Saturday, June 11, 2016

Helen Gives A Talk At Her Local Community Garden

Joy of The Earth Community Garden
Photo by Helen

A couple of weeks ago my 
local Community Garden 'Joy Of The Earth,'  invited me to give a talk and demonstration  on seed sowing and raising seedlings. 

I was honoured to be asked and more than happy to share what knowledge I had on this subject.

In this blog post I will give an outline of what I covered in this talk and I hope you enjoy reading it and can take something useful from it away with you.

Firstly why bother to sow seeds and go through the motions of raising them, when you can just nip down your local garden centre and buy a punnet  of seedlings?  Well, I'm the first to put my hand up to admitting that there are two lots of seeds that I don't bother to grow for myself, that is spring onions and leeks. Why? Because you can buy a punnet for a small amount of money and this is one of those times when you get more than enough seedlings contained within that punnet. The other varieties, e.g.  lettuces, cauliflowers etc. usually only give you 6 to 8 plants a punnet.  However, the main reasons I grow from seed are: a) I  like to grow heirloom varieties which are not  always available as seedlings and b) I can grow enough seedlings to meet my needs.

Raising from seed is not a difficult process, but one of the things I would remind you of is that you only get out what you put in. I'm referring to in this instance, your choice of soil. I would always recommend using the top quality seed raising mixture. I, myself,
use professional grade and also when I come to the potting up stage I use premium potting mix.  

What is the point of putting in the time and energy when you choose to use poorer quality growing mediums.  Your seedlings will do so much better in the best you can give them.

Always read the sowing depth given to you on the packet but as a general rule of thumb most smaller seeds like lettuce etc need to be planted 1/4" (5mm) deep and bigger seeds like peas, beans etc around 1" (25mm) deep.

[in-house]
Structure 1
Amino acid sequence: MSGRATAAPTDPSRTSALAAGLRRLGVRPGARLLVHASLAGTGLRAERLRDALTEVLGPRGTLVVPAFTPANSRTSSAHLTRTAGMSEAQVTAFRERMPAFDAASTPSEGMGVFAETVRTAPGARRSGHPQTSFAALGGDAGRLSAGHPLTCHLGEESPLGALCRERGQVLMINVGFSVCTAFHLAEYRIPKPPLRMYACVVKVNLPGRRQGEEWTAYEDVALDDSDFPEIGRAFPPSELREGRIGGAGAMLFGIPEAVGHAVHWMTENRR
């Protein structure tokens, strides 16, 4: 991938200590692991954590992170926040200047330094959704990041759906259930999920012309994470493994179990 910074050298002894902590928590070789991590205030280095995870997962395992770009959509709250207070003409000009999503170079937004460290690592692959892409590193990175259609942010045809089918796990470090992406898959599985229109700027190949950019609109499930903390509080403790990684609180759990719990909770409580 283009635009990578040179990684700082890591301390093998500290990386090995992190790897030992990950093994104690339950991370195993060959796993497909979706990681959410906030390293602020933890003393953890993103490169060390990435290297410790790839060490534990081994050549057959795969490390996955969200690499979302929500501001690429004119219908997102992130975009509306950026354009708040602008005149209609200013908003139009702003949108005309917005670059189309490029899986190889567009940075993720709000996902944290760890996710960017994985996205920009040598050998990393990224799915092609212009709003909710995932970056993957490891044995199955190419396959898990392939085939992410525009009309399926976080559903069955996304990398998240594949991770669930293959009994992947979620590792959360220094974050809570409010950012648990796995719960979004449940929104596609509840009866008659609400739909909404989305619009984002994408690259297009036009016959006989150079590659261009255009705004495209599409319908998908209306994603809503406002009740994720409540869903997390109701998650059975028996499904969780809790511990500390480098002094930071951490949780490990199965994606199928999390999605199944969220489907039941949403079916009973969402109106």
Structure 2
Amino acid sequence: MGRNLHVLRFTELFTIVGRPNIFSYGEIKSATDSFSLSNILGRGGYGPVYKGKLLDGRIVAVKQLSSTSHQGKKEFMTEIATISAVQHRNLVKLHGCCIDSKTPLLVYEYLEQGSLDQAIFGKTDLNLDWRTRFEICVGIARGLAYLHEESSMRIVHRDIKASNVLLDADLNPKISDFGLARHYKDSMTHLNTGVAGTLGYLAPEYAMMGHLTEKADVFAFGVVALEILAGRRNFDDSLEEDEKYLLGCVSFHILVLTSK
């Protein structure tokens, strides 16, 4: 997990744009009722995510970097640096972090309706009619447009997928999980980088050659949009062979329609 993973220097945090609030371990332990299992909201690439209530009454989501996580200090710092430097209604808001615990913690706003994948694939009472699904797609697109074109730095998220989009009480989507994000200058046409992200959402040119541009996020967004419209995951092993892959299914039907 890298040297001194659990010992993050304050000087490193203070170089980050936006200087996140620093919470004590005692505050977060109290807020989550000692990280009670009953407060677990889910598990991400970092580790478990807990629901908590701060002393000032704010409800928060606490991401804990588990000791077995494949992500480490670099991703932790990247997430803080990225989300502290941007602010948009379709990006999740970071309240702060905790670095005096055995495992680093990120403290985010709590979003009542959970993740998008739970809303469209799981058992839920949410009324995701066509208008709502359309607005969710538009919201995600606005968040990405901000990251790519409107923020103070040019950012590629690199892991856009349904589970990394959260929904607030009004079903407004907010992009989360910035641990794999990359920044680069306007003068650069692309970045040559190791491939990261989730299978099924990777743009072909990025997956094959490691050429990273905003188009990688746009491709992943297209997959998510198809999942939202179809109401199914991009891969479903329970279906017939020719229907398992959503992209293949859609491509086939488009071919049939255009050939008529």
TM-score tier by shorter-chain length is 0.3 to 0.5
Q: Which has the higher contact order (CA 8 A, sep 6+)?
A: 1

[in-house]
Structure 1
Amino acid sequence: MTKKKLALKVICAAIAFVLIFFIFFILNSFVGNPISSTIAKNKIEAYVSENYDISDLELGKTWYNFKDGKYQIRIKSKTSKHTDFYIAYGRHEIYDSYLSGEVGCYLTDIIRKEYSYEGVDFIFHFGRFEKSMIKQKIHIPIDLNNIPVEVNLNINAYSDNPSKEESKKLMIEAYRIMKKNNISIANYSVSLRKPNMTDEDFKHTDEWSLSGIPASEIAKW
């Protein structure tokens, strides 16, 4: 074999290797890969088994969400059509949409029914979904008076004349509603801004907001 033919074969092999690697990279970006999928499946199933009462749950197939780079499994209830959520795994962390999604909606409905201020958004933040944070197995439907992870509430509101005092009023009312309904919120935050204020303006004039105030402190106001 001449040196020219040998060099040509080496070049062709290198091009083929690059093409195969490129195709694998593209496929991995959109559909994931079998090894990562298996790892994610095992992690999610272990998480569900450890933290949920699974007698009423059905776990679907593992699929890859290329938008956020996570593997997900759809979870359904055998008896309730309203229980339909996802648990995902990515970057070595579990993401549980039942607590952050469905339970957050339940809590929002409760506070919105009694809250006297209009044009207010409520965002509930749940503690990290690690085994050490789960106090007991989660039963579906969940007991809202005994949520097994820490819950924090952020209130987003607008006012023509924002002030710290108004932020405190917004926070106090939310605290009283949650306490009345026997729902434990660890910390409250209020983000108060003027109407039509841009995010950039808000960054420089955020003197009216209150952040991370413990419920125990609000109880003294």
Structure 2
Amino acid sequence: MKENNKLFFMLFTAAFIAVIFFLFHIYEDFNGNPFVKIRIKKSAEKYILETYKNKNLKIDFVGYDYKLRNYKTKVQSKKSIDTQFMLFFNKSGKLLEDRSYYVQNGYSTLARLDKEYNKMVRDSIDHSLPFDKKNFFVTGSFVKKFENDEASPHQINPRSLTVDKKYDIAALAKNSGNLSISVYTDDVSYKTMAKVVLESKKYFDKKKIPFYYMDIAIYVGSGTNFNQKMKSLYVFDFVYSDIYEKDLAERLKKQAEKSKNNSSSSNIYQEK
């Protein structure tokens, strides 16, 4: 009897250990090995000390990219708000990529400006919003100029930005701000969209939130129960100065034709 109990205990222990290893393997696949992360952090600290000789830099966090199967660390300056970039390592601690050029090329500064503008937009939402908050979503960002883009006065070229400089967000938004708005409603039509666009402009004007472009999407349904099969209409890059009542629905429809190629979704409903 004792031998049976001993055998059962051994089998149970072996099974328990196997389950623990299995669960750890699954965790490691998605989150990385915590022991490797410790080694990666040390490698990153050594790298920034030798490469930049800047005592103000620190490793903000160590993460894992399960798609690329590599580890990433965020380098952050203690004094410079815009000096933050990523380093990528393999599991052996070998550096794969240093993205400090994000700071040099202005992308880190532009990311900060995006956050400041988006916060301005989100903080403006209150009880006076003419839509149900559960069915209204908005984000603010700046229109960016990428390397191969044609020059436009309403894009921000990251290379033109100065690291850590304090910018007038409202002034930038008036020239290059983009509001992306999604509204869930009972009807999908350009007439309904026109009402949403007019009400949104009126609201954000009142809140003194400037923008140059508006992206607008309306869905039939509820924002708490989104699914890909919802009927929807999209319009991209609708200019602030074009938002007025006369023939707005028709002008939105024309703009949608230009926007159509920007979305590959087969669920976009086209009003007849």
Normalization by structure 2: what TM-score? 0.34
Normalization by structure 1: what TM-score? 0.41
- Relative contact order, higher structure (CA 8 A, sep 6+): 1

Fill your punnet with the required amount of soil and firm down. I use another punnet to do this, it creates a nice surface on which to sow your seeds. Don't sow your whole packet in one go, that packet should last you several goes. Just sow your seed thinly. I have found especially with small seeds that a neat little gadget called a seed sower really helps you distribute  your seed evenly and gives you control over the amount you sow. 

This little gadget is worth its weight in gold and is an inexpensive purchase.  You can find them really cheap on e-bay  Seed Sower Link

Once I have sown my seeds, I like with smaller seeds to sieve the seed raising mix over them to the right depth, rather than sprinkle it by hand.  What using a sieve gives the seeds is a finer mixture which is easier for them to push through. 

Sieves come in all sizes and prices. I use a small metal one and I find this easy to handle and perfect when I'm sowing into a punnet. Of course, if you are sowing bigger seeds like beans for example, then you just need to fill your punnet to the top. There is no need to sieve. Instead place each seed in position and just push it down with your finger to the right depth. 

Now you could water your seeds from above, and this is perfectly ok for those larger ones, but when seeds are small you do stand the risk of dislodging them. So I like to stand my punnet in a tray of water and let it soak in from the bottom upwards. This way the punnet has plenty of moisture and those tiny seeds stay safely in place.

The next step is to give those seeds somewhere warm to germinate. The soil will have to reach a temperature of  somewhere between 45 - 85 degrees F or 7.2 - 29.4 C. If you don't have a greenhouse or a heated propagator, then you could use a cold propagator and place it somewhere it will catch the sun, or if it's in the colder months somewhere in the house where it's warm.  I've used in the past my heating ducts in the floor. If you haven't got a propagator then the bottom cut out of a plastic drink bottle will work too or a warm facing windowsill. Don't let your seedlings dry out, but don't drench them either. I use a spray bottle to damp them down when required.

When your seedlings have emerged and grown a couple of true leaves, remember the first leaves are called seed leaves, then it's probably time to pot on. 

I have another couple of gadgets that help me do this. One is for lifting the seedlings out without damaging their roots. It is divided at one end and has a spatula at the other. The second gadget allows me to make a deep hole and pop my seedling in with as little trauma to the plant as possible. Both these gadgets I purchased from my local garden centre at a very cheap price.

You can pot 6-8 seedlings into another punnet containing good potting mix or you can pot them up into individual plugs or pots depending on how big you would like to grow them before planting out. Remember when potting up seedlings never to hold them by the stem but instead hold them by a leaf. If you damage a leaf it will grow more, if you damage its stem it most probably will not recover.

So there you are, seed sowing and raising is a simple thing to do. My golden rules are use the best quality soils, provide the seed punnet with the required heat and moisture. Pot up when the plant has at least two true leaves.

Happy seed sowing!

All photographs shown are my own.

No comments:

Post a Comment

Leave a comment, I love to hear from my readers!